Careers

[For the latest updates regarding available positions please see our Careers category page. -Ed.]

If you’re interested in an audiology career with…

  • job diversity
  • teaching opportunities
  • excellent pay and benefits
  • advanced education opportunities

You’ll find these things as a military audiologist.

Professional Opportunities

  • hearing conservation (occupational and industrial audiology)
  • medical/diagnostic
  • dispensing/amplification
  • rehabilitation
  • research
  • preventive medicine
  • command and leadership
  • teaching

Salary and Compensation

Military audiologists wear two hats; commissioned officer and audiologist. Most enter service at pay grade O-3. Salary varies with years of service and rank. For example:

Salary varies with years of service and rank.
Example Variations Table
Time in Service Pay Grade Salary
<2 years O-2 $38,753.56
3 years O-3 $52,104.01
4 years O-3 $55,128.01
10 years O-4 $69,295.30
20 years O-5 $89,770.73

Notes: Add $2,000 if board certified. Salary figures reflect average military compensation which combines:

  • basic pay
  • basic allowance for subsistence
  • housing allowance (based upon locale)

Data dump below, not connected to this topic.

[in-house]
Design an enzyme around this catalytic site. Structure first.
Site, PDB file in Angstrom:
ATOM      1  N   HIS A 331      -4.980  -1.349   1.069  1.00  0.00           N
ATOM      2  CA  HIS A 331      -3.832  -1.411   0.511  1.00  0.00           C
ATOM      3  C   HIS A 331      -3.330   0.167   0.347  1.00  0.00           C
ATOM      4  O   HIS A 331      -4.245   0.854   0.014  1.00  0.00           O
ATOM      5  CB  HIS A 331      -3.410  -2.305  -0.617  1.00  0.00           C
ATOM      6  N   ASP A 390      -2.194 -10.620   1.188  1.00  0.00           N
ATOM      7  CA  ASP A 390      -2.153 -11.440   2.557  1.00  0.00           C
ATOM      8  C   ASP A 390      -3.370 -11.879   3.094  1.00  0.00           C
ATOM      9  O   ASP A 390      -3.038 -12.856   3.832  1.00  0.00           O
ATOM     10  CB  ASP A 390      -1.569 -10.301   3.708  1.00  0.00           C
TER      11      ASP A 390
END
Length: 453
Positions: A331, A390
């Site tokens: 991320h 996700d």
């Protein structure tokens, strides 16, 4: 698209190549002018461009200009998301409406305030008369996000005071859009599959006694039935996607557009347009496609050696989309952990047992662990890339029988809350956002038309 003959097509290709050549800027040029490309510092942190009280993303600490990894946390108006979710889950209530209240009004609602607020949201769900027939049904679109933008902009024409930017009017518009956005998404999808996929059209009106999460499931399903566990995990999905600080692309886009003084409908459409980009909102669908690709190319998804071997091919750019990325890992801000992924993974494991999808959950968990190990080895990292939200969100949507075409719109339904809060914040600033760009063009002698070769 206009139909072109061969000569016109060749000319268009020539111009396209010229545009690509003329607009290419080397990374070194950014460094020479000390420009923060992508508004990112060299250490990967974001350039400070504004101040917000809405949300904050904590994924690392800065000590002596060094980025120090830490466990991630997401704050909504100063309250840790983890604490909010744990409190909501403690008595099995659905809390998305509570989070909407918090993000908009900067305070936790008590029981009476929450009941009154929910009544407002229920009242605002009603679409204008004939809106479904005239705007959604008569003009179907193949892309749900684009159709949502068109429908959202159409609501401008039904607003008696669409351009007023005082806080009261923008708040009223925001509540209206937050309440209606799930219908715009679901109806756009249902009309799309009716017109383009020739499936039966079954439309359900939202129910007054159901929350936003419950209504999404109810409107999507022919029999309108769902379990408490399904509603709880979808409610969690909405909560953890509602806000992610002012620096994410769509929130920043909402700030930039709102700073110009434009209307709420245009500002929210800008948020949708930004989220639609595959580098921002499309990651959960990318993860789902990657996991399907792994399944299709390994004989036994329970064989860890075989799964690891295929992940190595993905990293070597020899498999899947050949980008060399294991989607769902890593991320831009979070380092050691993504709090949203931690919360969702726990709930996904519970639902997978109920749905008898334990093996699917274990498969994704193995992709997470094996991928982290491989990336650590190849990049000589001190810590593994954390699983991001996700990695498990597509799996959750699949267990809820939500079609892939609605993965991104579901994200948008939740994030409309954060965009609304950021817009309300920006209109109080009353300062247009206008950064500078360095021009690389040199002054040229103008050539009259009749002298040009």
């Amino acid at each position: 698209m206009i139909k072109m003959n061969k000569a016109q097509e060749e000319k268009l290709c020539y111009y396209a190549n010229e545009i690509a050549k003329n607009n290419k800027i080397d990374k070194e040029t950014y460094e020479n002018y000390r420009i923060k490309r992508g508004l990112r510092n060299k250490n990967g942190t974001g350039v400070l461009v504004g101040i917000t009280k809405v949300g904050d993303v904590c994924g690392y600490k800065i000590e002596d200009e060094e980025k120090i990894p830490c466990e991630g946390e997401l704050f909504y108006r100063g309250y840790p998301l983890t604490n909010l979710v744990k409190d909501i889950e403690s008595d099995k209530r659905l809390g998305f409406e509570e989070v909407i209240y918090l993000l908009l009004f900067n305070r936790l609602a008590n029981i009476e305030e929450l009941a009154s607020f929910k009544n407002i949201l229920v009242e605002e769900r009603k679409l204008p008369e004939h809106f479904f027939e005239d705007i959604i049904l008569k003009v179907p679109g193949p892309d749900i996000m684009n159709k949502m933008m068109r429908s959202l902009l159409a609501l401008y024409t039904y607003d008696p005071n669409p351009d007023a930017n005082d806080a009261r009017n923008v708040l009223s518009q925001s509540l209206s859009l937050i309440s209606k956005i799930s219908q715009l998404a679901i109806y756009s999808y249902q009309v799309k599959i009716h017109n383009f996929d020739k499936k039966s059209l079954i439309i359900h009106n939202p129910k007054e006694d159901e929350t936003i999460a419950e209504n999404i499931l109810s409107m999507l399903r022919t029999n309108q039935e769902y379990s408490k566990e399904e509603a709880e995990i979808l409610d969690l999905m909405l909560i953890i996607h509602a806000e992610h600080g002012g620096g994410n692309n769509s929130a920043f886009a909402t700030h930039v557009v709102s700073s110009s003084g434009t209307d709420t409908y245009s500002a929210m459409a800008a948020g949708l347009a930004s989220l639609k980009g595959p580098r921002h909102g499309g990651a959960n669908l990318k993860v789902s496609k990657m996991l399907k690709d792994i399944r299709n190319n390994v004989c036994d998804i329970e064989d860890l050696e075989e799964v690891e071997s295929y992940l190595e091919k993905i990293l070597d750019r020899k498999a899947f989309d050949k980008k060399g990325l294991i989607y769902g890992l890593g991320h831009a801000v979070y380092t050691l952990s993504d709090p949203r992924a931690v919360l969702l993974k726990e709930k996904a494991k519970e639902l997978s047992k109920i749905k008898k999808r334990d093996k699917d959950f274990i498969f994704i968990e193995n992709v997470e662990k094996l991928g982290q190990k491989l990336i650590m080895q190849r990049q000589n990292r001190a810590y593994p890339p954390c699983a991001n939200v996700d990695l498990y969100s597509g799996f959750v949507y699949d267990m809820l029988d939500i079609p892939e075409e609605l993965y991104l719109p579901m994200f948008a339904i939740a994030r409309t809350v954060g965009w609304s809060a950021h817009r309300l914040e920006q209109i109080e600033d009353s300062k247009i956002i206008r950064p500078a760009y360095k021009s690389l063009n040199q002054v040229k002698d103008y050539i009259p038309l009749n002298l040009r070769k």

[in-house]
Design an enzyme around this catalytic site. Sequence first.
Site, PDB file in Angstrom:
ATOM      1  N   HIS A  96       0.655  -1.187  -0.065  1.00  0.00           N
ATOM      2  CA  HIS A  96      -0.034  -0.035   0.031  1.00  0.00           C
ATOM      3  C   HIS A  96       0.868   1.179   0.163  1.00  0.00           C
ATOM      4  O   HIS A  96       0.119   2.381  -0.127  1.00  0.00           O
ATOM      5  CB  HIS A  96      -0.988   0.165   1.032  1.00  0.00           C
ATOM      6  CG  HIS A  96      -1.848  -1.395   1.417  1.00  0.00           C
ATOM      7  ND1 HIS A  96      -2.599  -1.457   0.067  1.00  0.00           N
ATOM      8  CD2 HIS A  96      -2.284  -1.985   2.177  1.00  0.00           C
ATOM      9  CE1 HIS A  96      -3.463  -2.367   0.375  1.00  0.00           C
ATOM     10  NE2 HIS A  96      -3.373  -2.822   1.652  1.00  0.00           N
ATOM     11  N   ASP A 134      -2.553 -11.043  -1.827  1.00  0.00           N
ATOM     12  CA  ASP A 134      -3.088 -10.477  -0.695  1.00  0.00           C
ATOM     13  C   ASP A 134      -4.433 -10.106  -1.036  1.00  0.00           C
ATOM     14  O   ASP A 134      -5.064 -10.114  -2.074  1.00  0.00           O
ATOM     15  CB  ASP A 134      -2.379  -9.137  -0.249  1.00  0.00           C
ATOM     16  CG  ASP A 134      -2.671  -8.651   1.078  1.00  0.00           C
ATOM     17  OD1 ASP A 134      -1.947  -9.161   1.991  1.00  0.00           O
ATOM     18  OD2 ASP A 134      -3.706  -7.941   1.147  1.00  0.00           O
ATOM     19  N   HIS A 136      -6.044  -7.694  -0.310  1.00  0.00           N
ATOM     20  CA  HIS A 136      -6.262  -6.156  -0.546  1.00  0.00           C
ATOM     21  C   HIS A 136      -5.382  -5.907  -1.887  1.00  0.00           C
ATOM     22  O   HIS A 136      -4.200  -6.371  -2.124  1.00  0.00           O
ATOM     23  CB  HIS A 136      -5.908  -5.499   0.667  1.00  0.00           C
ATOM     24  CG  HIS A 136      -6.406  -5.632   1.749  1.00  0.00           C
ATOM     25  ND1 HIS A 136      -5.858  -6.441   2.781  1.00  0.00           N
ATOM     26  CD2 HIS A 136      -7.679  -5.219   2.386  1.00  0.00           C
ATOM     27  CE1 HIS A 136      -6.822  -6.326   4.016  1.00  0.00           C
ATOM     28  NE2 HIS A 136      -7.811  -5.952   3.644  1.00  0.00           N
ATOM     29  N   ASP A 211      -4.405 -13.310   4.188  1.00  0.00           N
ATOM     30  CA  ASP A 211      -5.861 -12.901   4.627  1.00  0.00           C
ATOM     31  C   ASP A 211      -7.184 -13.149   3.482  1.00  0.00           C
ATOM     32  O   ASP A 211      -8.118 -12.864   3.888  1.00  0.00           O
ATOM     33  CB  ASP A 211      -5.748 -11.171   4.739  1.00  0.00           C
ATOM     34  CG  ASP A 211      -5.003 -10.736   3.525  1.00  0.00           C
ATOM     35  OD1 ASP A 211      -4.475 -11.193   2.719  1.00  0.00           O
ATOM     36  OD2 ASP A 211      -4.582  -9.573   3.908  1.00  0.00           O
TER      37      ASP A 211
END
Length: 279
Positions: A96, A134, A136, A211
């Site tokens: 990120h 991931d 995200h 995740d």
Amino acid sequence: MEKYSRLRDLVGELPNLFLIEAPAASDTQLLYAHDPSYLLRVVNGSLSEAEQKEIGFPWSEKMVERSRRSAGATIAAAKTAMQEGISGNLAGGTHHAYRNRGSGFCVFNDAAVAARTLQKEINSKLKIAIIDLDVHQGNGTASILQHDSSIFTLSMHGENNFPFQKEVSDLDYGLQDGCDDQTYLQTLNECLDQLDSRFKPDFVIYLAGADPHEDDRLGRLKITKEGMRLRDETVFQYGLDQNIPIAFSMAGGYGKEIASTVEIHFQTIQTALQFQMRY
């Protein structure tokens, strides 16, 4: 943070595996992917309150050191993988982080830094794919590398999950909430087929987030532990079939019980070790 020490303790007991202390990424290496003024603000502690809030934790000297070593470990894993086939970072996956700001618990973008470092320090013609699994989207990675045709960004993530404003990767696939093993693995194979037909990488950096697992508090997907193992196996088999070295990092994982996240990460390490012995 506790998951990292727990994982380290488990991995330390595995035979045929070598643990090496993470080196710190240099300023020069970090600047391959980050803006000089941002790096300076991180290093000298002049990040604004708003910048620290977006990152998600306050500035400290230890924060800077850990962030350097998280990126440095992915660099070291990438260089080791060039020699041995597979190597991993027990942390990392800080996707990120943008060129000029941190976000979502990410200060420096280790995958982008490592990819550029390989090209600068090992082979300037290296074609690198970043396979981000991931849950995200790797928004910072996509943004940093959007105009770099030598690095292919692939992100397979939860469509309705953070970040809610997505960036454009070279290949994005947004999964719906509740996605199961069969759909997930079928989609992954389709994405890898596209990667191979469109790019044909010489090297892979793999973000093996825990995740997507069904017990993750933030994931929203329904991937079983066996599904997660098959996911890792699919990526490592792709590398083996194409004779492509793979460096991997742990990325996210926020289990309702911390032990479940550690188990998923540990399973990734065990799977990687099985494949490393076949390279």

• and includes tax advantage from untaxed allowances

Source: Army Times, 3 July 2000.

See the Monthly Basic Pay Table (get Adobe Reader) for updated salary figures for all uniformed members.

Other Benefits

  • medical coverage
  • dental coverage
  • low cost life insurance
  • continuing education
  • 30 days vacation
  • 10 federal holidays
  • post-masters educational opportunities
  • world-wide assignment locations

Educational Opportunities

  • Clinical Fellowship
  • CAOHC course director
  • training with industry
  • long term health education training (AuD, PhD, MPH)

Doctoral Studies

  • AuD – available at reduced cost through CMU/Vanderbilt distance learning program
  • PhD – if selected you’ll receive full pay and benefits while in school

Civilian and Reserve Opportunities

There are opportunities for employment in military hospitals as a civilian audiologist or speech language pathologist. Civilians are paid according to a General Schedule and many audiologists start at GS-11 or GS-13 on this pay scale. The Office of Personnel Management is a vast site with much information about civilian employment in the US federal government.

Opportunities also exist for service in the Reserve branches of the Armed Forces. You’ll get to wear the uniform but not as often as an active duty officer.

Further Information

Army

The interested party is instructed to contact the local recruiter and ask to speak with the AMEDD Health Care Recruiter who is supposed to act as liaison for Office of the Surgeon General and the applicant.

Navy

Contact: LCDR Joel Bealer
Phone: (360) 476-9393

Air Force

LtCol Angela Williamson contributes a FAQ on Joining the Air Force.